José ZamboninoJosé Zambonino graduated in 1990 with a Ph.D. at the University of Montpellier (France). He was recruited in 1992 by Ifremer. He is the joint-manager of the Team 1 of the Marine Environmental Sciences Laboratory (Joint Research Unit LEMAR). He has a very strong scientific expertise in fish larval physiology, dealing in particular with the functional ontogenetic development of larvae with particular efforts towards nutritional and environmental control of gene expression during early development of fish larvae. He has contributed to more than 100 peer reviewed articles and to 5 book chapters (H-point = 29).



David Mazurais, physiologist & molecular biologist. Involved in activity 2.

David MazuraisDavid received his PhD in Biochemistry, Cellular & Molecular biology from University of Rennes in 2000. Research activities of David Mazurais are in the field of gene expression in relation with fish larval development and energy metabolism. For several years, he has studied the molecular mechanisms implicated in the maturation of key physiological functions (i.e. ossification, digestion) and in the regulation of energy metabolism. He has a special scientific expertise in molecular skills including transcriptomic approach. David has contributed to 39 peer reviewed articles and 2 book chapters. His main task in the MICRO project is to investigate the physiological effects of microplastics on fish physiology.


Arnaud Huvet, molecular physiologist. Involved in all Activities.

Arnaud HuvetArnaud Huvet is a researcher at Ifremer since 2001. He received his PhD in population geneticist from the University of Tours. He became experienced during his scientific career
in physiology of marine bivalves especially in relation with environmental changes. The issues in physiology are addressed mainly by molecular and genomic tools, that correspond to Arnaud’s expertise. Arnaud is currently involved in a range of French and European projects, mainly devoted to the impact of environmental factors, including stressful, on the molecular responses of bivalves at the individual and population levels. For MICRO, he is responsible of the partner Ifremer and of the activity 3 “Socio-economic impacts of microplastics”. He is (co)author of 2 book chapters and 47 peer-reviewed articles. For more details, see http://annuaire.ifremer.fr/cv/16160/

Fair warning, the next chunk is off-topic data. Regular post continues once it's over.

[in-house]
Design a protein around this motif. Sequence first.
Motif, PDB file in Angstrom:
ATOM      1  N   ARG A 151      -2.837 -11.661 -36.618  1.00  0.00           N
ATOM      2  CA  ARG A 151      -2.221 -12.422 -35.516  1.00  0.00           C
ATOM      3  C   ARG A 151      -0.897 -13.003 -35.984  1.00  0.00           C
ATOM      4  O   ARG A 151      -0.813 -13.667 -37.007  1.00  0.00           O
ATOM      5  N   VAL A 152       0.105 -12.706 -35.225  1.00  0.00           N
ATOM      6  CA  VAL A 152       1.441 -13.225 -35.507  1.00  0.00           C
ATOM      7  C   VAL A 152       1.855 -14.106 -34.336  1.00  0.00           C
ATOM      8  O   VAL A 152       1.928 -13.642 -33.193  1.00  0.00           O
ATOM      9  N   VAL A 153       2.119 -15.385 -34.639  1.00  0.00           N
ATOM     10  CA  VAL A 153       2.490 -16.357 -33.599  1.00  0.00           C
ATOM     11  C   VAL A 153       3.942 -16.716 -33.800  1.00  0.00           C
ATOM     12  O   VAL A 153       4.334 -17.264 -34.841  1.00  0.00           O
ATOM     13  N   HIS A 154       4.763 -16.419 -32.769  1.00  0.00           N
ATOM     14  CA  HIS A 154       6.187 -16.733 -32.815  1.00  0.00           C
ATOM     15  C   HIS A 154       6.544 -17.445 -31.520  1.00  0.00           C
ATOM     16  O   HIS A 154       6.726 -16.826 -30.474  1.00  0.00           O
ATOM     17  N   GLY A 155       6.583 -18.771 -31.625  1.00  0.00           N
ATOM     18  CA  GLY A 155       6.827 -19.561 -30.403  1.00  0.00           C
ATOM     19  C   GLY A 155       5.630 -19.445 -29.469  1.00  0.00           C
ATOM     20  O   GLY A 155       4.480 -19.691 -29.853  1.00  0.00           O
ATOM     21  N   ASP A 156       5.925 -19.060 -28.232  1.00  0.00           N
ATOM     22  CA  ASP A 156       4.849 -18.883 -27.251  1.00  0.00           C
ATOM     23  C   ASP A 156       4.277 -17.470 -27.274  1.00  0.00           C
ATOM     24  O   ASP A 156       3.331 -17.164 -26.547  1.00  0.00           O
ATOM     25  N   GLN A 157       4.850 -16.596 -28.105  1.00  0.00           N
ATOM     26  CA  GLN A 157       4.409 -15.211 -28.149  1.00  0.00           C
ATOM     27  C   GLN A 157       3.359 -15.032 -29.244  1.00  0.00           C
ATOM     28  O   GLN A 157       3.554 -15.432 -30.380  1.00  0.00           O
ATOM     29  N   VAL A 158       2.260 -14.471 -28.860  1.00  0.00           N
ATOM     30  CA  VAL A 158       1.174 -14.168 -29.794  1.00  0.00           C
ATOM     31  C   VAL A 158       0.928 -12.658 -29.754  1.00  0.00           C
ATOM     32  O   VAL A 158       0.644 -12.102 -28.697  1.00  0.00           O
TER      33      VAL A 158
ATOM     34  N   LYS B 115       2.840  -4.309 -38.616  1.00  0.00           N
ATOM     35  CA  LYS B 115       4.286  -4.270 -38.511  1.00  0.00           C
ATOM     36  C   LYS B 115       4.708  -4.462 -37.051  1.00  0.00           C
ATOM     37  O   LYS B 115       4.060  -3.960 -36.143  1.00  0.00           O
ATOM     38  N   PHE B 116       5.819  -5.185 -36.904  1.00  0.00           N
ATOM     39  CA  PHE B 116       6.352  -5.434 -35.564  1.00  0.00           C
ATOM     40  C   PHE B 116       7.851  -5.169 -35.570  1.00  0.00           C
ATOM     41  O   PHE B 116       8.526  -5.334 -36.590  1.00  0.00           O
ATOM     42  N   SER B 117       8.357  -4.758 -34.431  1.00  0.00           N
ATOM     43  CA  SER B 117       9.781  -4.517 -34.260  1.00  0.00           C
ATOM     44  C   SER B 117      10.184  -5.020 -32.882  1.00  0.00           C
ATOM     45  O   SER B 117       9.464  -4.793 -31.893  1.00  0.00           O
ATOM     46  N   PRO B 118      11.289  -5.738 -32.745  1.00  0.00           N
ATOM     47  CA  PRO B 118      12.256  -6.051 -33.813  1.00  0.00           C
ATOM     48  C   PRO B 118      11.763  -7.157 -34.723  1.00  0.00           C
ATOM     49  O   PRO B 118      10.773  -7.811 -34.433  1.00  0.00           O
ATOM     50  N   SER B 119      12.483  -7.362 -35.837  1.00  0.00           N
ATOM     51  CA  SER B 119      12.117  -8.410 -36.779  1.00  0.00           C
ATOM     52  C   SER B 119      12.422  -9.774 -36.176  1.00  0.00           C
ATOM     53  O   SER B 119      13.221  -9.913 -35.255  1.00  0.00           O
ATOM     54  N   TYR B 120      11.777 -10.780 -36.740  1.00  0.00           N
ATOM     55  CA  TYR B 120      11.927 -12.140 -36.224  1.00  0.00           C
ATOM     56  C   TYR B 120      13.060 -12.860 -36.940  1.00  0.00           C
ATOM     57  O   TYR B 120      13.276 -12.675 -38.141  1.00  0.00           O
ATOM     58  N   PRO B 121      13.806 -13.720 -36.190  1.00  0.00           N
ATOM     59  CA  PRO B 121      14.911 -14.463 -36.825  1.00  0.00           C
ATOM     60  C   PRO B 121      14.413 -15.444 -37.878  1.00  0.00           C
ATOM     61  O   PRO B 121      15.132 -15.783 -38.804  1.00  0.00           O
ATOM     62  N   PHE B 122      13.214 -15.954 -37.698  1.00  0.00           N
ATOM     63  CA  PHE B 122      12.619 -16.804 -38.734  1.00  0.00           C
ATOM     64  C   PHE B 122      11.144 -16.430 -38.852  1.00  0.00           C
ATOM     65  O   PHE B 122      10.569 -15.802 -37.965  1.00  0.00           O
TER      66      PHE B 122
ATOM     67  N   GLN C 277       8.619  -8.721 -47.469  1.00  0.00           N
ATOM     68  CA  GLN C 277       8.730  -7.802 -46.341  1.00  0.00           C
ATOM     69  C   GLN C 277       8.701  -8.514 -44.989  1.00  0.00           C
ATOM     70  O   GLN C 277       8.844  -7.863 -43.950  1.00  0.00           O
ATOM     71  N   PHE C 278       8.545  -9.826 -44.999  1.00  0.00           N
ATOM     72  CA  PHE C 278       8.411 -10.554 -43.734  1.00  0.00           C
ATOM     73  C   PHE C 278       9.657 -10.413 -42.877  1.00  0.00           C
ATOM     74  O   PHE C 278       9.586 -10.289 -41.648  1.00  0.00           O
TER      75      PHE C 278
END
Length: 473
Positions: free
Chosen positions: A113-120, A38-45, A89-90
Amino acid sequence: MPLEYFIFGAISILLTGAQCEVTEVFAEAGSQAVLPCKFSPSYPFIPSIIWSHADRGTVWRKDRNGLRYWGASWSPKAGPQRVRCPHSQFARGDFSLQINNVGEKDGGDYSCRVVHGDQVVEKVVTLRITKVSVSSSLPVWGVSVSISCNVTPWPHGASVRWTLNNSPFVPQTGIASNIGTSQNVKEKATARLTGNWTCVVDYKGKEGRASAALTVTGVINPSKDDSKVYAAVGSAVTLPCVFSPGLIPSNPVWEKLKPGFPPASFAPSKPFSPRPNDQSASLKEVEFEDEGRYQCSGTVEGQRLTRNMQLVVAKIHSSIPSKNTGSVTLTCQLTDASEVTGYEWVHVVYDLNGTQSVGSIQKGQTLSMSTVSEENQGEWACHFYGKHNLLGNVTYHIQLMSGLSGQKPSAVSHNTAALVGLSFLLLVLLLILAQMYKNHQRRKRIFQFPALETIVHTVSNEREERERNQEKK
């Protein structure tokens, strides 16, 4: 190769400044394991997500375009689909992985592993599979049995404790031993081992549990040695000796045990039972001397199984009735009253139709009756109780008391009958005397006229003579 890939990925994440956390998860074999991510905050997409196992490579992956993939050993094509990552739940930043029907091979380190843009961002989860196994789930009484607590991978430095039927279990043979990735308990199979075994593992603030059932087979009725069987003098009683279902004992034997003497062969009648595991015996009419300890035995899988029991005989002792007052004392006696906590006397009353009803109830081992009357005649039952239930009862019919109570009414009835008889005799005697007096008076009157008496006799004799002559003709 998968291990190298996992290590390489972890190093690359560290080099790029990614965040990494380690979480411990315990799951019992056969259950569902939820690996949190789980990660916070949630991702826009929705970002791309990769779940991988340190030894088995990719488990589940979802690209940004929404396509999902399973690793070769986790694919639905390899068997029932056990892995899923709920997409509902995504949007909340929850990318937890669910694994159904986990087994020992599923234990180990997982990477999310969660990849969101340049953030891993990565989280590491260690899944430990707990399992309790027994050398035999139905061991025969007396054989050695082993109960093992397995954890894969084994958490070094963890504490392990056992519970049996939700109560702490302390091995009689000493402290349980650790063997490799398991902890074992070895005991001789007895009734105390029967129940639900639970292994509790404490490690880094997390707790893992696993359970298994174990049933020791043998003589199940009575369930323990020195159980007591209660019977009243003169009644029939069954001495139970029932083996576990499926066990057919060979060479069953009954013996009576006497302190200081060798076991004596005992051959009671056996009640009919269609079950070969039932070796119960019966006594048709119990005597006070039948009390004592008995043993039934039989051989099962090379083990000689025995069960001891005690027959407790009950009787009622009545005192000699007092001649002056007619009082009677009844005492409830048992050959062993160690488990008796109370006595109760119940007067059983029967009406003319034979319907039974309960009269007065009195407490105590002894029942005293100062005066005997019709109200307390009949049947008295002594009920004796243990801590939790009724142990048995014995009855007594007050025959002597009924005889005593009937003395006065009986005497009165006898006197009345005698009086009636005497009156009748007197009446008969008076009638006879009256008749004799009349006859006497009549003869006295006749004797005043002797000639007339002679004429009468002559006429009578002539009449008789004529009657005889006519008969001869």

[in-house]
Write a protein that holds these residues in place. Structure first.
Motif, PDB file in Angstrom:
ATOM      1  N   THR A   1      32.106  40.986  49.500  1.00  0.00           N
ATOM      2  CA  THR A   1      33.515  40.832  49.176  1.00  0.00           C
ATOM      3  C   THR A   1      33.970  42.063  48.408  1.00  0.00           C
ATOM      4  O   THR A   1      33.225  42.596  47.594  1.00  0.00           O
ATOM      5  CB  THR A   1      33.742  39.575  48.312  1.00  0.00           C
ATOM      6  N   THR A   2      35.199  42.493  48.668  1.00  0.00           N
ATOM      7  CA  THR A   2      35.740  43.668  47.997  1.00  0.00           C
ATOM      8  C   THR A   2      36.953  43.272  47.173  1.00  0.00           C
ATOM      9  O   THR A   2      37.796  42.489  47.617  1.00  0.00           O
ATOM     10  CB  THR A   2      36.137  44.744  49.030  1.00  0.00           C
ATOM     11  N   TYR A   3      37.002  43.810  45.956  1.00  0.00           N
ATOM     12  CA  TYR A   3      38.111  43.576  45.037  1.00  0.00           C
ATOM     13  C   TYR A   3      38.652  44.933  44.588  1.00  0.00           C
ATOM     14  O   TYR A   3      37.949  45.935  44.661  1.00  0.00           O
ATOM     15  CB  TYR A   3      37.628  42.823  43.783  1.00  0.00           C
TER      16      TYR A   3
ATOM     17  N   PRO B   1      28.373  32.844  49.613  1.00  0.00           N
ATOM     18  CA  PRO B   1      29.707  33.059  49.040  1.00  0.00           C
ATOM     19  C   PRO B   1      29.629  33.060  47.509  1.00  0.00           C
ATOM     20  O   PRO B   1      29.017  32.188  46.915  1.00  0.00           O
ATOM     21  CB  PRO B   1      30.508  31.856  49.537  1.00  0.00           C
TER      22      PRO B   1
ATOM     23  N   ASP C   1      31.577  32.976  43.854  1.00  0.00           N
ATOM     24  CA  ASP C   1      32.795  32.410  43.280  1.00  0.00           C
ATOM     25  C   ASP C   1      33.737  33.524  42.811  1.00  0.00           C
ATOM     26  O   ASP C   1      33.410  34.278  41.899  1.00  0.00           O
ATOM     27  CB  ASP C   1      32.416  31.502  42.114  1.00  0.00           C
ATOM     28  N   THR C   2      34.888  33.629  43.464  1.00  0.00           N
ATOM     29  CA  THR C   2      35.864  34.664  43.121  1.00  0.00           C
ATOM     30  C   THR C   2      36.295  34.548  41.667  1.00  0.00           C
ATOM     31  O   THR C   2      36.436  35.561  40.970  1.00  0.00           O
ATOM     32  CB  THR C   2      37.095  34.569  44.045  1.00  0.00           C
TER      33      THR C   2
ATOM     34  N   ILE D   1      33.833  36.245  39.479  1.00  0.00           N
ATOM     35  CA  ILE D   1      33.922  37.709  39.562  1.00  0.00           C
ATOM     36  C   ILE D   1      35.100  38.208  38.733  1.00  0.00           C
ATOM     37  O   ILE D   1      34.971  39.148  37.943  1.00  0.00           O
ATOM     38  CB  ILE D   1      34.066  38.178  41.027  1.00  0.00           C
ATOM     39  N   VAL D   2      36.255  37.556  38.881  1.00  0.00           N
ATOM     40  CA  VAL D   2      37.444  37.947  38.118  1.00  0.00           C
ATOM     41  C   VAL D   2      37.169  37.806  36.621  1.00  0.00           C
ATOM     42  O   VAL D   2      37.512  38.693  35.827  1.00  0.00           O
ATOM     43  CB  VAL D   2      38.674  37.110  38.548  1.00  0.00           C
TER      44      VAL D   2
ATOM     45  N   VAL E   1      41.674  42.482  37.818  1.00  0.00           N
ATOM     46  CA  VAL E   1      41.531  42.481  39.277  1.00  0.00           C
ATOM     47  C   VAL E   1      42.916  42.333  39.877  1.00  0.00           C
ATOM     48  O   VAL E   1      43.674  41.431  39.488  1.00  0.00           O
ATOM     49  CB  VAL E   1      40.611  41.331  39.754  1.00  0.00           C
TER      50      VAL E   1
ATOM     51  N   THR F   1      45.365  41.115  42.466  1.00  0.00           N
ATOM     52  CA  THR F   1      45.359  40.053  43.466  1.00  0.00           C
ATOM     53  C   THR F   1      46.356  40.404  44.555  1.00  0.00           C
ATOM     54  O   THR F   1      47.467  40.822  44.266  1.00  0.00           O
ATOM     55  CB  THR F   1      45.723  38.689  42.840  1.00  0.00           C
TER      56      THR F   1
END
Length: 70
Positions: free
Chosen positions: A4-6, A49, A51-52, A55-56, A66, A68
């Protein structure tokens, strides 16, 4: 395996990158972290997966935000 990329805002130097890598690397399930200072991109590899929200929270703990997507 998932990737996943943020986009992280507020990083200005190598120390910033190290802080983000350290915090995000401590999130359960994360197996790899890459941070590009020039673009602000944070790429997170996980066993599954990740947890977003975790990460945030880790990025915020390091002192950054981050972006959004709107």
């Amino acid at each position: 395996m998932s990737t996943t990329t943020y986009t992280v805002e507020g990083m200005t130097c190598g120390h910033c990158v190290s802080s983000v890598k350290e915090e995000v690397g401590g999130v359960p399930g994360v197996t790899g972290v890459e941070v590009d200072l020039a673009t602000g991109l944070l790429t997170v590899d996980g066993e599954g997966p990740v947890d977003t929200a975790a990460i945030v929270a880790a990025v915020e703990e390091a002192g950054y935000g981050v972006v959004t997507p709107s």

Marc Suquet, marine biologist. Involved in Activities 2 and 3.

Marc SuquetMarc Suquet is a researcher at Ifremer since 1988. He received his Master from La Sorbonne (Paris, 1988). He became experienced during his scientific career in physiology of marine fish and bivalves especially concerning the biology and management of their gametes. The issues in physiology are addressed mainly by biochemistry, microscopy and rearing capacities. Furthermore, Marc is involved in short term storage and cryopreservation of gametes and embryos. Marc is currently involved in a range of French and European projects, mainly devoted to the biology of gametes. For MICRO, he is involved in the effect of microplastics on sperm and oocyte traits. He is (co)author of 3 book chapters and 49 peer-reviewed articles. For more details, see http://w3.ifremer.fr/annuaire/?q=marc+suquet


Charlotte Corporeau, biochemist. Involved in Activities 2 and 3.